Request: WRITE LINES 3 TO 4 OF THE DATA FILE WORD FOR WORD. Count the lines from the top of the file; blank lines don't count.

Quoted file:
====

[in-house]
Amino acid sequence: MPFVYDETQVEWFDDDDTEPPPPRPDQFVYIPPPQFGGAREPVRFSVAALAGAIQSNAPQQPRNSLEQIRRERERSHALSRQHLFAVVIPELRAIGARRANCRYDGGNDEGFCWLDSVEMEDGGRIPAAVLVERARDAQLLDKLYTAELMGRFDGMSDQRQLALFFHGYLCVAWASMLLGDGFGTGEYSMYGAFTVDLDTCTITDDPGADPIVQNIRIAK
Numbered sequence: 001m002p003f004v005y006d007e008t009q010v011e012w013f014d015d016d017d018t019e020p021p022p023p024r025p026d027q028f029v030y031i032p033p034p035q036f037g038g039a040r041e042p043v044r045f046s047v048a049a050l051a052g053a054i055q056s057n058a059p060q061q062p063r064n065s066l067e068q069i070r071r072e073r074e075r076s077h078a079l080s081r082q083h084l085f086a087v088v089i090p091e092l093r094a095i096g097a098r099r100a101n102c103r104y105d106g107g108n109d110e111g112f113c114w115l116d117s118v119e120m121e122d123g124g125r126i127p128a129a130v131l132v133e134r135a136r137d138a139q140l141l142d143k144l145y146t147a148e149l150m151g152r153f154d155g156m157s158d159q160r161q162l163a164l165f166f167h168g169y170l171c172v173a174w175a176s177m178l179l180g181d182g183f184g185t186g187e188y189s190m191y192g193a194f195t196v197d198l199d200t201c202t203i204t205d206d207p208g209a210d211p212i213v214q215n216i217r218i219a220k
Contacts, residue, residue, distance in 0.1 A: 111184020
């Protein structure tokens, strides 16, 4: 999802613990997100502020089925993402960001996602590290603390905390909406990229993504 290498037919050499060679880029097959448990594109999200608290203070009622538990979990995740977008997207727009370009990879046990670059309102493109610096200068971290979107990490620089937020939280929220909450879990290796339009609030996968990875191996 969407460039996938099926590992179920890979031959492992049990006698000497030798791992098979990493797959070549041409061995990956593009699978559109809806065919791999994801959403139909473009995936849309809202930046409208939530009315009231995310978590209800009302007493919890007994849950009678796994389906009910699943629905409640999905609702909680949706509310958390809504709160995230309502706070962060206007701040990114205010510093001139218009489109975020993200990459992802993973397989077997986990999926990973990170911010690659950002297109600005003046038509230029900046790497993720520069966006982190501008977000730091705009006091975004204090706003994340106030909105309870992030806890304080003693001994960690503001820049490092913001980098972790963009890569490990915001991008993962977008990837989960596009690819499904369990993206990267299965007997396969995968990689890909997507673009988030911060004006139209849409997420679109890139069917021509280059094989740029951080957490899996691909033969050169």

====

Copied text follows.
Numbered sequence: 001m002p003f004v005y006d007e008t009q010v011e012w013f014d015d016d017d018t019e020p021p022p023p024r025p026d027q028f029v030y031i032p033p034p035q036f037g038g039a040r041e042p043v044r045f046s047v048a049a050l051a052g053a054i055q056s057n058a059p060q061q062p063r064n065s066l067e068q069i070r071r072e073r074e075r076s077h078a079l080s081r082q083h084l085f086a087v088v089i090p091e092l093r094a095i096g097a098r099r100a101n102c103r104y105d106g107g108n109d110e111g112f113c114w115l116d117s118v119e120m121e122d123g124g125r126i127p128a129a130v131l132v133e134r135a136r137d138a139q140l141l142d143k144l145y146t147a148e149l150m151g152r153f154d155g156m157s158d159q160r161q162l163a164l165f166f167h168g169y170l171c172v173a174w175a176s177m178l179l180g181d182g183f184g185t186g187e188y189s190m191y192g193a194f195t196v197d198l199d200t201c202t203i204t205d206d207p208g209a210d211p212i213v214q215n216i217r218i219a220k
Contacts, residue, residue, distance in 0.1 A: 111184020